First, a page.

with me somewhat attached to it . . .
mercifully and miraculously ,
no wine was spilled in the process!!!
to protect what remains of the dignity of the golden fish organization, the rest of the sequence of photographs in which this strange man clutching a bottle of terribly sweet wine tumbles indecorously to the laughing earth,
have been consigned to the golden fish vault and will not be revealed until the golden fish world leader has successfully flown away!
tonight, as darkness envelopes the sky and then pours in through the windows, i've felt a deep wish to hear joni mitchell singing "hejira". i know that i have already posted about this song sometime ago so forgive me if i clean that old post up a bit and repost it here. joni mitchell, like her compatriot neil young, has left behind a legacy of powerful, life affecting music. joni’s iconic role as a post sixties intelligent female artist in a business that has traditionally marginalized intelligent women or subsumed them into so much floss, was what first drew me to her. i loved her intelligence, her creativity as a singer, and as an artist, and i loved that she created music that was more than the sum of its parts.
like most people, my first experience of her music came through her big breakthrough hit “big yellow taxi” which included the memorable line ...” they paved paradise and put up a parking lot...” and the equally memorable line “don’t it always seem to go, that you don’t know what you’ve got ‘till it’s gone?” it wasn’t until several years later that i happened across an album that i still listen to regularly entitled "hejira"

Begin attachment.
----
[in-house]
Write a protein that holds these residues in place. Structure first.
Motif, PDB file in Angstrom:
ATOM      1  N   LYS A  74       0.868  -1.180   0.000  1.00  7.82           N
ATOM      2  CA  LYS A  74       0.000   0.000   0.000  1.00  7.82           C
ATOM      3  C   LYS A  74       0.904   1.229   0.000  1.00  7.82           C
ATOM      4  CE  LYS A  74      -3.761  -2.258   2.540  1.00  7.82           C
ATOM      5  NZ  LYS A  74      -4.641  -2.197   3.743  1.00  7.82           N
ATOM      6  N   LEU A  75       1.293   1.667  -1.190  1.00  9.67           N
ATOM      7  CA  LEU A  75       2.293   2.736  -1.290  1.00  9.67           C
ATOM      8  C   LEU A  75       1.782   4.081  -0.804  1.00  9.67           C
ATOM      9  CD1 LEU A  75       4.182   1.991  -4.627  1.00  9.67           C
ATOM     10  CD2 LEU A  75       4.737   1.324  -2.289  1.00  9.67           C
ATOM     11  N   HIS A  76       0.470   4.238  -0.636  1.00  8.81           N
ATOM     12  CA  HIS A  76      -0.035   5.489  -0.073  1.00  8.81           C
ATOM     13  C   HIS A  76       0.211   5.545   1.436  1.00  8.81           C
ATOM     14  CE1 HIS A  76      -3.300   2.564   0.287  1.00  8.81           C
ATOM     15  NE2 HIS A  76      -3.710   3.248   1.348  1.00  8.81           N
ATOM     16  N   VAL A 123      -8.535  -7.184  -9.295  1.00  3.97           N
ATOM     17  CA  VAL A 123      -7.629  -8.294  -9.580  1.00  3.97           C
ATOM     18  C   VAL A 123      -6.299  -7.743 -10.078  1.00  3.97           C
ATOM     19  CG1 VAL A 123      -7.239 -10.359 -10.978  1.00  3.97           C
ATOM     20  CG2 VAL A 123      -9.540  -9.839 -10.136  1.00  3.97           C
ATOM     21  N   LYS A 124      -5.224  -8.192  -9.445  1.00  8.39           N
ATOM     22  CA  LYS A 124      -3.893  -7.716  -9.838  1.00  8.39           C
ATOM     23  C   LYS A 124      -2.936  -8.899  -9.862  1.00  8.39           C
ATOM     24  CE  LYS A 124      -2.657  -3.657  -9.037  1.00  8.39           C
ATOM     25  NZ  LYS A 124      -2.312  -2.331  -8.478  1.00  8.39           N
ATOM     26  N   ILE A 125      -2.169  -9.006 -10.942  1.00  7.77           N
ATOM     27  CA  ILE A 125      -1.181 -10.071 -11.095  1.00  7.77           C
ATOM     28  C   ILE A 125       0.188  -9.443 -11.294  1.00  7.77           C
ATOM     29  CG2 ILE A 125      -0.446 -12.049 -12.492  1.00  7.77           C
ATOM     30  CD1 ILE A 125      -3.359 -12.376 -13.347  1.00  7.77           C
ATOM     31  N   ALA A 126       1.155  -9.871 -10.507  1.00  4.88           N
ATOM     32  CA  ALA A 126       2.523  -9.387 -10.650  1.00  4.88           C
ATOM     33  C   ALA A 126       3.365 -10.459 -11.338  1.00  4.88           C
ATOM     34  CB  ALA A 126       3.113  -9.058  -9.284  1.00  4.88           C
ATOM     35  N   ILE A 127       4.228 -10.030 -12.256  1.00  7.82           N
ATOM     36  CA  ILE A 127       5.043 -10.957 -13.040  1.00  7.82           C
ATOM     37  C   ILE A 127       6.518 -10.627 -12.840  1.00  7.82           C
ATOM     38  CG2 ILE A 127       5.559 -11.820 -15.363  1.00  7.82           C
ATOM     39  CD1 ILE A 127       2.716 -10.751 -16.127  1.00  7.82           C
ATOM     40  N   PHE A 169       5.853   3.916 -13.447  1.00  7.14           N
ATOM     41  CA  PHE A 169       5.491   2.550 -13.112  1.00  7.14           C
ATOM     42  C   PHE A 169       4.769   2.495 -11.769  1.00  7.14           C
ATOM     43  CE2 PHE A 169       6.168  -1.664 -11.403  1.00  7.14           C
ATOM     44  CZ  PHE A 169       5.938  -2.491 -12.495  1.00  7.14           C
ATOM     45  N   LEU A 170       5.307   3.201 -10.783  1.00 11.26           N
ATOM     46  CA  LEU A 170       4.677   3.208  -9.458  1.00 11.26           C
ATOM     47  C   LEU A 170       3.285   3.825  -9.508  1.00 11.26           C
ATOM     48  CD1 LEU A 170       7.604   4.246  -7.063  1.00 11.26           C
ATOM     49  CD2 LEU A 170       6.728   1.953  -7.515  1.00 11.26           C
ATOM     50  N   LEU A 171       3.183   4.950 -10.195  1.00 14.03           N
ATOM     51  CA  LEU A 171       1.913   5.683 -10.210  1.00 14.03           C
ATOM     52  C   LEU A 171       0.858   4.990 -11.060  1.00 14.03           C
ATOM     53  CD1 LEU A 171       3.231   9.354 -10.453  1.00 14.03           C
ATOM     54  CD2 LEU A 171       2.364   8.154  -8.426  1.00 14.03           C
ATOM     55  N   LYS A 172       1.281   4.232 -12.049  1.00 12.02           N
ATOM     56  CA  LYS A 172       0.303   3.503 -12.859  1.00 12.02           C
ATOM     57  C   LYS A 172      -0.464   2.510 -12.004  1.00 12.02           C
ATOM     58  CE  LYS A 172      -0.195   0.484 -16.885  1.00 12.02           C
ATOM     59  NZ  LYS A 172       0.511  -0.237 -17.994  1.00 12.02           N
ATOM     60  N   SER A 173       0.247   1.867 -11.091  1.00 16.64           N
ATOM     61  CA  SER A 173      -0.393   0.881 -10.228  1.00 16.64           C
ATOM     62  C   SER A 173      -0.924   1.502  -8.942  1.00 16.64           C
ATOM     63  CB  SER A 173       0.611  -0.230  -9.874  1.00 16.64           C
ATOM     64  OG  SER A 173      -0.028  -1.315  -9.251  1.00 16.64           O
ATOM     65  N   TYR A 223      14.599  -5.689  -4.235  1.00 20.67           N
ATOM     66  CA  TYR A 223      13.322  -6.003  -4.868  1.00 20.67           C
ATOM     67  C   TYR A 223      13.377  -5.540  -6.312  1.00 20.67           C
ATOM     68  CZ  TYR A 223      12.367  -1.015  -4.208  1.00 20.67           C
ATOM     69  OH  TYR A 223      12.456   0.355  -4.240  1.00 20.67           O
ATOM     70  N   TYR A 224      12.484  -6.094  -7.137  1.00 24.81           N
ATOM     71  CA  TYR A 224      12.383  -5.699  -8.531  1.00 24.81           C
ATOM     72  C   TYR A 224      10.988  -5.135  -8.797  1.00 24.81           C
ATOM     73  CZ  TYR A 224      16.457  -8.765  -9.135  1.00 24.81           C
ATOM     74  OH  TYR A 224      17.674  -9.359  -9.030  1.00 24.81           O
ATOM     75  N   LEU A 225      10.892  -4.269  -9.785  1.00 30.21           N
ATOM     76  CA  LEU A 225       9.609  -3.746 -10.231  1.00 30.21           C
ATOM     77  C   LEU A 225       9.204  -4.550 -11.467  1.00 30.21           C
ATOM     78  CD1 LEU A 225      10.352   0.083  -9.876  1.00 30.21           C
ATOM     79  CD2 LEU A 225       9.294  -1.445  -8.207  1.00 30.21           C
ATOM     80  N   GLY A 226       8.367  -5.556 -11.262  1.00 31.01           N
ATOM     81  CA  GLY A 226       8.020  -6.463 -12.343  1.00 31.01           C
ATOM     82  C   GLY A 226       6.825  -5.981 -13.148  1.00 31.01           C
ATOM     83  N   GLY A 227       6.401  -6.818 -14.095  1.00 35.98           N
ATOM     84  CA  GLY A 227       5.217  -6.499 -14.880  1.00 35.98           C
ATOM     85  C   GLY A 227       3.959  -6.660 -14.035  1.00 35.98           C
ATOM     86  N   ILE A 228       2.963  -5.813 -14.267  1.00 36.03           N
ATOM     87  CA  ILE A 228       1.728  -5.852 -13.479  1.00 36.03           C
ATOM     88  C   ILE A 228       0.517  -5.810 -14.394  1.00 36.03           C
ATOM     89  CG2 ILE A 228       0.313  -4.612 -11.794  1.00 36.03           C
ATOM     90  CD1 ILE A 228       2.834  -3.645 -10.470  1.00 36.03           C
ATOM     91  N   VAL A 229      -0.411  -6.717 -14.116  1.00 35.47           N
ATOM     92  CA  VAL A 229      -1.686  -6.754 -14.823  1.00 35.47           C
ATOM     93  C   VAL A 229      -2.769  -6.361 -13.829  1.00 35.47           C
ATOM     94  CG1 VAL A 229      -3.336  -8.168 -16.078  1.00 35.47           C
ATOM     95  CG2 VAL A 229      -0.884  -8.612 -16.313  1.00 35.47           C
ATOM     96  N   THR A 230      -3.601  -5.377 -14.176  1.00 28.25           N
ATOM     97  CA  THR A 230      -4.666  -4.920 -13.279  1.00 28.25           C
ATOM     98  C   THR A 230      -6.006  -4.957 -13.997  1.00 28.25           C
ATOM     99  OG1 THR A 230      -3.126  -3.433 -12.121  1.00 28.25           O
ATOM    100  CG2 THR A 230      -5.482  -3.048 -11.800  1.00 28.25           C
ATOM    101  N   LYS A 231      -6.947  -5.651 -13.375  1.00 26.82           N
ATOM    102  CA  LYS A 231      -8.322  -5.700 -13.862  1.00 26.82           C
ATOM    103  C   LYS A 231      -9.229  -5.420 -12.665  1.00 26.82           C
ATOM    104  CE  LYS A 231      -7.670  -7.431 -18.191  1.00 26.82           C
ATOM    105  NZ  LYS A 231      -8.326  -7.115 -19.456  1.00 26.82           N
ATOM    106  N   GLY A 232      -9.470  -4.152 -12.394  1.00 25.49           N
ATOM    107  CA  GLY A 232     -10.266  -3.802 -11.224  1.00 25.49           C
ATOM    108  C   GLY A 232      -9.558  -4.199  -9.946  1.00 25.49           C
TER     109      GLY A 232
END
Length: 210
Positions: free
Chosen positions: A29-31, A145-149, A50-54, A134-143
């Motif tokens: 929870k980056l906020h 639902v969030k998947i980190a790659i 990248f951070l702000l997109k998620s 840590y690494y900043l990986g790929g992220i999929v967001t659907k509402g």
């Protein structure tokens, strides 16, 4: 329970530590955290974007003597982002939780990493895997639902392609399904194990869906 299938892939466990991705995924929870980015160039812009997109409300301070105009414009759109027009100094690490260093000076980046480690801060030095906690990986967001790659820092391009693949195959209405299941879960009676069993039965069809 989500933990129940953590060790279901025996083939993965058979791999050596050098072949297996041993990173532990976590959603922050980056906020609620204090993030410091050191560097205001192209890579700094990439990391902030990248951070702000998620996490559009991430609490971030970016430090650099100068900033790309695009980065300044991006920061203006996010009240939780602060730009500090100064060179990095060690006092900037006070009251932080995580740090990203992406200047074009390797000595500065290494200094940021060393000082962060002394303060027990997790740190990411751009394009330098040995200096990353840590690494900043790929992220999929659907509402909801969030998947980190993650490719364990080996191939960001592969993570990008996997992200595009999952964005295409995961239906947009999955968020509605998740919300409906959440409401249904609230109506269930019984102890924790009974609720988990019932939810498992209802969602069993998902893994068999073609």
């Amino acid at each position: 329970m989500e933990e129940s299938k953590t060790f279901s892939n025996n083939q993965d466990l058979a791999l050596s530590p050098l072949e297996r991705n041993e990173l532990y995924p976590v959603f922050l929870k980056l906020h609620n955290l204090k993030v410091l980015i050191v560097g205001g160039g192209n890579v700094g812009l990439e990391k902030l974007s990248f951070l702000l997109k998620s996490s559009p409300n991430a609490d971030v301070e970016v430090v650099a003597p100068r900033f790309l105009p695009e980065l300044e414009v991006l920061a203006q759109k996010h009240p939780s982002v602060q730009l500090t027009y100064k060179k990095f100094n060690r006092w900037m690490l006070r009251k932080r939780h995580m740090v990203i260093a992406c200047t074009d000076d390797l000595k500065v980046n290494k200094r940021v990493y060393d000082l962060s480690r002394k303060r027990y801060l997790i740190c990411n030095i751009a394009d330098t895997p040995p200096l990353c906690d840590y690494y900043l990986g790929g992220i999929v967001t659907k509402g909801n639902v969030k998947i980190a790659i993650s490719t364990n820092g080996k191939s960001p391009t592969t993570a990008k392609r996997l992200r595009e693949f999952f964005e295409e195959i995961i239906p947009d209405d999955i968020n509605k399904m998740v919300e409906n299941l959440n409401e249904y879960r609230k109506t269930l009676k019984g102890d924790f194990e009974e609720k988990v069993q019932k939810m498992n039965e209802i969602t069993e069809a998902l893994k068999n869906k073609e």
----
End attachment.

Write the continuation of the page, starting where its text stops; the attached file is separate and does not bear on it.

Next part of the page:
i first heard hejira while living in a residence room in otonabee college at trent university in 1976. the album as a whole has highs and lows which are reflective of her lyrical depiction of the dance of self in a world torn between predictability and chaos. one of the more melancholy songs, the title track "hejira" stands out for me as the highlight among many highlights in the lifelibrary of words and music she has crafted in her more than fourty year career. the songs on hejira were largely written by joni on a road trip from maine back to los angeles, california. this likely explains the many references to highways, small towns and snow. joni said of the album: "the whole 'hejira' album was really inspired. ... i wrote the album while travelling cross-country by myself and there is this restless feeling throughout it. ... the sweet loneliness of solitary travel. ...." the laying bare of joni’s inner self is never more complete than when she sings in “hejira”, “there’s comfort in melancholy when there’s no need to explain”. later when she sings, “you know it never has been easy, whether you do or you do not resign, whether you travel the breadth of extremities, or stick to some straighter line” she drives home the essence of the painful inner torment that plagues all creatively driven individuals - the need to strive for some form of balance between acceptance both within and without themselves - the two being mutually incompatible, sometimes even destructive. joni has often drawn stunningly talented musicians into her circle, and this track is no exception featuring the brilliant and now sadly flown away bassist jaco pastorius (who first found fame with jazz group “weather report”), wrapping the most beautiful and memorable arcing bass lines like velvet ribbon around the gift of her words.